Rupee CRISIS: Under-pressure Indian currency tipped to crash to new lows

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Sky high oil prices and selling pressure saw the currency fall to more than 80 to the dollar twice in July, recovering only after intervention from the Reserve Bank of India. Although the currency regained some ground at 79.06 to the dollar on Thursday, analysts believe the currency will continue to slide.

Indian Finance Minister Nirmala Sitharaman blamed the Russia-Ukraine conflict, the soaring price of crude oil and dire global financial conditions for the fall in value.

She was also quick to point out that although the rupee had worsened against the dollar, it had actually strengthened against the British pound.

She said in July: “The British pound has weakened more than the Indian rupee against the US dollar and therefore, the Indian rupee has strengthened against the Pound in 2022.”

However, analysts feared that this would not be the end of the currency’s woes.

Goldman Sachs Chief India Economist Santanu Sengupta told CNBC that the currency could fall as low as 80 to 81 Rupee to the dollar in the coming three to six months.

He said: “With global capital flows drying up in a Fed tightening cycle, US recession risks coming to the fore, and India’s external balances becoming challenging, we are likely to see continued weakness in the INR going forward.”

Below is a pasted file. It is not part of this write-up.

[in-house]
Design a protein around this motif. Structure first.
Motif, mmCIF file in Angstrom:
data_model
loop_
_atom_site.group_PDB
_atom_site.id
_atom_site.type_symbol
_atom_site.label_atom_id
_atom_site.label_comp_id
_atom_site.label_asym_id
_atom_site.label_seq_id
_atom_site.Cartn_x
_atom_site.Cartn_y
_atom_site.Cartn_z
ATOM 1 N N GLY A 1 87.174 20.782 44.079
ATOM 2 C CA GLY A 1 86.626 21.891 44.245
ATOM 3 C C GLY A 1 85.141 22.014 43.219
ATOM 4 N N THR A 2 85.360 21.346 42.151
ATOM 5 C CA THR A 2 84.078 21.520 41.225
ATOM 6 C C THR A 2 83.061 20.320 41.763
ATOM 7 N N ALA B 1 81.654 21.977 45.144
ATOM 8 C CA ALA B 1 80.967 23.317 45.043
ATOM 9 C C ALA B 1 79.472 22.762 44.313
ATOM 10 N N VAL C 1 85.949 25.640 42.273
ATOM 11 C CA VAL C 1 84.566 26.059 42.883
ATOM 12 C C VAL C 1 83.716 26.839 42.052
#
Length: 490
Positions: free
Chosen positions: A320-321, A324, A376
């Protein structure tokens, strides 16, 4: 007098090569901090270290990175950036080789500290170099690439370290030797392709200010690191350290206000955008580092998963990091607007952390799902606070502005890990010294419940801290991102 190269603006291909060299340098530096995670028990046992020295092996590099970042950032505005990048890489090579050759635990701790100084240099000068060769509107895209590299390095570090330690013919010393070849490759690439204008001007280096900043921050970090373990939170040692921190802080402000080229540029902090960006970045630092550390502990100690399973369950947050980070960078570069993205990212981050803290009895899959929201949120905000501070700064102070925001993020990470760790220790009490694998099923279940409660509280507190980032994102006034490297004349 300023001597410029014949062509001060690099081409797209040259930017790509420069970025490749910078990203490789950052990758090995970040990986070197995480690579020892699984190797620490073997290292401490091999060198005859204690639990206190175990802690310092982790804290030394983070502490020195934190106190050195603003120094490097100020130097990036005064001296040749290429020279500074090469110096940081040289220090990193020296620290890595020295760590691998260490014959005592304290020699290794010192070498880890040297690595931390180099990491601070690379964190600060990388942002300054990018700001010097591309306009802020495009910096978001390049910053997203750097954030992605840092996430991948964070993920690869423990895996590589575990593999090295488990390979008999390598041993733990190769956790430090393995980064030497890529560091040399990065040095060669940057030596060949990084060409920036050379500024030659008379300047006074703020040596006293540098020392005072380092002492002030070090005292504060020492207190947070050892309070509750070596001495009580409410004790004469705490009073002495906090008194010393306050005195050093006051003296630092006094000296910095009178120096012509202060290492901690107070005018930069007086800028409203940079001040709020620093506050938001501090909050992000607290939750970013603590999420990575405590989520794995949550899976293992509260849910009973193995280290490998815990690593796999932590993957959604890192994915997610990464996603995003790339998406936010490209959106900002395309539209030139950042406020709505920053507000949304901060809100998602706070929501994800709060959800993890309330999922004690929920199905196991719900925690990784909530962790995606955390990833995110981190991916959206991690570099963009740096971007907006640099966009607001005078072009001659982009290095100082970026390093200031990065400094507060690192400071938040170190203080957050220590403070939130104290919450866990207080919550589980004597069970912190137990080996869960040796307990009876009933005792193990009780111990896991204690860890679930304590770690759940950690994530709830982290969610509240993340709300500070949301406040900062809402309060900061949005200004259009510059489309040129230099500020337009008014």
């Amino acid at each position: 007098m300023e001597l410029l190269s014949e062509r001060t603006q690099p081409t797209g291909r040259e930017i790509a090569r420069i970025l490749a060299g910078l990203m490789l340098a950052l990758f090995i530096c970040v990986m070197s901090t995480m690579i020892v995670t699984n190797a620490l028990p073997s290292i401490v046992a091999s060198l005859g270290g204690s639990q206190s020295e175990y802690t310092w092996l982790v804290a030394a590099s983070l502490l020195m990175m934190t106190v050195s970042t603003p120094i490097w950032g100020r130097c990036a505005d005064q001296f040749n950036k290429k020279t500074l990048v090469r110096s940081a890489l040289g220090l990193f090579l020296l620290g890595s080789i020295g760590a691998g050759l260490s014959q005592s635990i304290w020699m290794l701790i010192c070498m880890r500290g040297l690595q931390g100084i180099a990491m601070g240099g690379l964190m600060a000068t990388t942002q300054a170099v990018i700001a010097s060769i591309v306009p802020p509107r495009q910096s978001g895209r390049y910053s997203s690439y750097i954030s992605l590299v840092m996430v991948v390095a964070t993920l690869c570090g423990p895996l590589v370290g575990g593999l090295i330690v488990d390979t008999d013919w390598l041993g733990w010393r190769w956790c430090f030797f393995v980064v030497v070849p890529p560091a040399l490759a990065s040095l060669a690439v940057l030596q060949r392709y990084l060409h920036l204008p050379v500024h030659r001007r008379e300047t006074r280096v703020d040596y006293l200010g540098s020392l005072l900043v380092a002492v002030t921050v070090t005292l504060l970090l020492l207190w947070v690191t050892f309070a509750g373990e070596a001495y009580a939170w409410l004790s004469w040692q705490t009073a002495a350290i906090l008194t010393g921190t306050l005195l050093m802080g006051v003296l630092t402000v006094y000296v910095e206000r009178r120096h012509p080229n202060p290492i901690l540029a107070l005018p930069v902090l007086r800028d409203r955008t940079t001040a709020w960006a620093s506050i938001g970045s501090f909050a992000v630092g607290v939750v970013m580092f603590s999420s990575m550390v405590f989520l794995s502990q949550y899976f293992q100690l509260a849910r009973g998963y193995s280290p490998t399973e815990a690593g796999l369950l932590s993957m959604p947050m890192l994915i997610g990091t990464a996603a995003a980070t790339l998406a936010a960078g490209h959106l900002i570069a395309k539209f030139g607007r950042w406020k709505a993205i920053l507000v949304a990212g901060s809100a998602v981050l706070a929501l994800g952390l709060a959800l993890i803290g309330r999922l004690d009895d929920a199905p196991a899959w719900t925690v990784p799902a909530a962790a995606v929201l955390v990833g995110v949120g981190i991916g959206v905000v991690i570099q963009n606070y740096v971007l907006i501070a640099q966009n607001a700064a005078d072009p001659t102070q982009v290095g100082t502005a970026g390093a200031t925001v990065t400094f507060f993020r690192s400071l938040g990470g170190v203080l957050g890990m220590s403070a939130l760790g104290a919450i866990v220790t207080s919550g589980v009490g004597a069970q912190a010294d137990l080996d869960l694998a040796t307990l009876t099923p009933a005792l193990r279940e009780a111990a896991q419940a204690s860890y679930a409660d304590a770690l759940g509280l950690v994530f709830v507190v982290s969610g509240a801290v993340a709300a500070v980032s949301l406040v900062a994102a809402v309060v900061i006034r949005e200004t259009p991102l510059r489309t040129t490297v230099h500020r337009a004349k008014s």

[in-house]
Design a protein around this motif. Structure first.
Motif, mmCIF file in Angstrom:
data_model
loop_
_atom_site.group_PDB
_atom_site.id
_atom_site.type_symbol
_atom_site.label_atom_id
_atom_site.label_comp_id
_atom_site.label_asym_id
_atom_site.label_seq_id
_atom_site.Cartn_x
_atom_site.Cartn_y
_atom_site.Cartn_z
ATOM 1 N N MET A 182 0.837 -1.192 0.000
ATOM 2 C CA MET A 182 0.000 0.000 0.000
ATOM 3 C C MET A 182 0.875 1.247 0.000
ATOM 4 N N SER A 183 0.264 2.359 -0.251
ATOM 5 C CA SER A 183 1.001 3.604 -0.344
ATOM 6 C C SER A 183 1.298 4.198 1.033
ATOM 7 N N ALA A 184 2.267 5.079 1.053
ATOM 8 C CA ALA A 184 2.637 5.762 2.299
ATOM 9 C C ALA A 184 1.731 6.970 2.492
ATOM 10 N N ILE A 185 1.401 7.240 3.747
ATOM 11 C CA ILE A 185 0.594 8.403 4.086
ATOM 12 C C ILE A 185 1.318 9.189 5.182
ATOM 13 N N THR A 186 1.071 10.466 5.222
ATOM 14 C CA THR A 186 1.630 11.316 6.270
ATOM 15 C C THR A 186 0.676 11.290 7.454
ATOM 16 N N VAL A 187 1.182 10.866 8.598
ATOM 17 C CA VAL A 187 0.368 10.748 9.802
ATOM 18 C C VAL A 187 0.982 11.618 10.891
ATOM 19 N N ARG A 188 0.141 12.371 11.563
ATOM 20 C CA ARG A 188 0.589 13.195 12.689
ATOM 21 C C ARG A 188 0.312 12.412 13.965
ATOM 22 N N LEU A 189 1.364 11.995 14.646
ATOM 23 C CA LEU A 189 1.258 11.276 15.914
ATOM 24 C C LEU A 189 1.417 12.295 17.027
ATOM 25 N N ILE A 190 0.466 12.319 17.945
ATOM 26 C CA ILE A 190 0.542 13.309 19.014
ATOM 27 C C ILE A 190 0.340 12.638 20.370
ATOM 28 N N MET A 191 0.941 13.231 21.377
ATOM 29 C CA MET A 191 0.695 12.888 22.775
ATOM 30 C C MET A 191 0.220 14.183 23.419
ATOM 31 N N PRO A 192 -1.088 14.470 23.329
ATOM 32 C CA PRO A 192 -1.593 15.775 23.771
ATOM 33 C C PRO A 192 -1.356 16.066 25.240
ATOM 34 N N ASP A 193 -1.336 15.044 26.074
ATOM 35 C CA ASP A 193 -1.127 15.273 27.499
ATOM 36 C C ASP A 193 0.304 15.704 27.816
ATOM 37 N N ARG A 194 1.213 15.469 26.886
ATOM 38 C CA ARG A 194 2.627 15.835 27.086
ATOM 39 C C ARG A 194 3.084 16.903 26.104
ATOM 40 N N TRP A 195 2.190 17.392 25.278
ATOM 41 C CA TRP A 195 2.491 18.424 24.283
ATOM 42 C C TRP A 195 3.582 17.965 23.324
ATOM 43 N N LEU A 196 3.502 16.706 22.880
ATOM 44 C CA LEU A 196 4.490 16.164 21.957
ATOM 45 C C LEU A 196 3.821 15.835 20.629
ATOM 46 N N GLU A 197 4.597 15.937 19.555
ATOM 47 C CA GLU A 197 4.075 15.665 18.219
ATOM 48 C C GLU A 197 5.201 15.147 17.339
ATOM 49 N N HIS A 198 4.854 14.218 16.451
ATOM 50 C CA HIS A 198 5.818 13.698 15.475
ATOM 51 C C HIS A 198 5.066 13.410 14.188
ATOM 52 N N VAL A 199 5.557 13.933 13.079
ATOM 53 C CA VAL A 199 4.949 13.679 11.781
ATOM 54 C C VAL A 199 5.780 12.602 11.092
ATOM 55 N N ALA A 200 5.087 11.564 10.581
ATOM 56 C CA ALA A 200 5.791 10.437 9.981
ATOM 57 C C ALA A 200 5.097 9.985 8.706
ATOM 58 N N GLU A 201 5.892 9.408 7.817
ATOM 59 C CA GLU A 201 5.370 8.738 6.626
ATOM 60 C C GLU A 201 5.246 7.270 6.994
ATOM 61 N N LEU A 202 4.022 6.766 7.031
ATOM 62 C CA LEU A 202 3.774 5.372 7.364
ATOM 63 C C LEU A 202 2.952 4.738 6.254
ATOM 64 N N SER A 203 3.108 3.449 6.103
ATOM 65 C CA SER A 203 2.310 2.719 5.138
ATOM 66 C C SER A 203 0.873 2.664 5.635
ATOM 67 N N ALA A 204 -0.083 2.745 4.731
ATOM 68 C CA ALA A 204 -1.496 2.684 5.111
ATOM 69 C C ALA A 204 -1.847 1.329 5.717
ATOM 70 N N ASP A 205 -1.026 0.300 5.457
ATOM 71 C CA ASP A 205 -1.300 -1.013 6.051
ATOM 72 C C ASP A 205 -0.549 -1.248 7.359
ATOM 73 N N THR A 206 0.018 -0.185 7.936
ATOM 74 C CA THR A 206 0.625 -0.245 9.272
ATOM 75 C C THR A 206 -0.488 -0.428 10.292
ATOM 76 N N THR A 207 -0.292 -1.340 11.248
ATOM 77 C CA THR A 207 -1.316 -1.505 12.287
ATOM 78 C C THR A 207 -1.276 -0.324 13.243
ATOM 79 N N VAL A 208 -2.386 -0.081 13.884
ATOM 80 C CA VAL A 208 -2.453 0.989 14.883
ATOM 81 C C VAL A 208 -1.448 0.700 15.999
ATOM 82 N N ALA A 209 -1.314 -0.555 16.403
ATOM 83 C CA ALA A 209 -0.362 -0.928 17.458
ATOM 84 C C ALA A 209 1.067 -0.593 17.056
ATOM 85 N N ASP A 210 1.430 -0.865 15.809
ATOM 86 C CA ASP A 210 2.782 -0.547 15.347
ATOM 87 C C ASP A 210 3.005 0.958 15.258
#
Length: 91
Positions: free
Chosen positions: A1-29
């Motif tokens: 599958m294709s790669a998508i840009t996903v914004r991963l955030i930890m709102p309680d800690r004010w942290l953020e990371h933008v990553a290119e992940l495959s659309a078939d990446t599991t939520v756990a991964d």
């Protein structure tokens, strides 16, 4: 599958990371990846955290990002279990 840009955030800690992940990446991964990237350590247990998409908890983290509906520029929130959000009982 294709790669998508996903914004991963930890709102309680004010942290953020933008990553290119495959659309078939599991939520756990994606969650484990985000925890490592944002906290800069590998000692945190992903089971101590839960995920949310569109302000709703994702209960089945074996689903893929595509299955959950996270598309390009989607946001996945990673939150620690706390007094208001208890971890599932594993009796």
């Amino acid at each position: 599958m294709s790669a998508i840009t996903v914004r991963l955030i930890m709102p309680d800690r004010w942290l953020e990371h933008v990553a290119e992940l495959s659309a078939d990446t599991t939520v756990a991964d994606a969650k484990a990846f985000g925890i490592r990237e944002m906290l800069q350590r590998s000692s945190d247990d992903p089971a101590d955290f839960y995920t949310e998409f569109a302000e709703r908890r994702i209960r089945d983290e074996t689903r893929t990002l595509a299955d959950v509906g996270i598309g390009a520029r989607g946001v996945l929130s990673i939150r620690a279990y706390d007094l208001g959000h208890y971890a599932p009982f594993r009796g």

Other analysts went even further, Craig Chan, Nomura’s head of global FX strategy told CNBC that the currency could trade with the dollar at 82 by the end of August.

He said: “Our last call was INR [rupee] risks breaking the 80 to dollar level and overshoots to 82 by the end of August.”

Analysts have pointed to several factors that have affected the Rupee including soaring energy prices and mounting deficit problems.

Natural gas and oil prices are skyrocketing due, in part, to the Russia-Ukraine conflict and the opening of China’s energy-hungry economy following Covid lockdowns. The prices will likely have knock-on effects for the Indian currency.

India is the world’s third-largest importer of oil, which it buys in dollars – when the rupee weakens against the dollar, oil becomes more expensive.

Since Russia’s invasion of Ukraine, Moscow has been sending more shipments of cheap oil to India as the West attempts to implement sanctions and phase out Russian energy.

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According to reporting by CNBC, for every $1 (£0.82) increase in the price of oil, India’s import bill grows $2.1 billion (£1.73 billion).

Data from June shows that India’s imports of Russian oil reached nearly one million barrels per day.

India is vulnerable to rising oil prices and, like the West, as energy costs have risen so has inflation.

However, India’s inflation rate has held steady at around 7 percent, lower than the United States at 9.1 percent and the UK at 9.4 percent.

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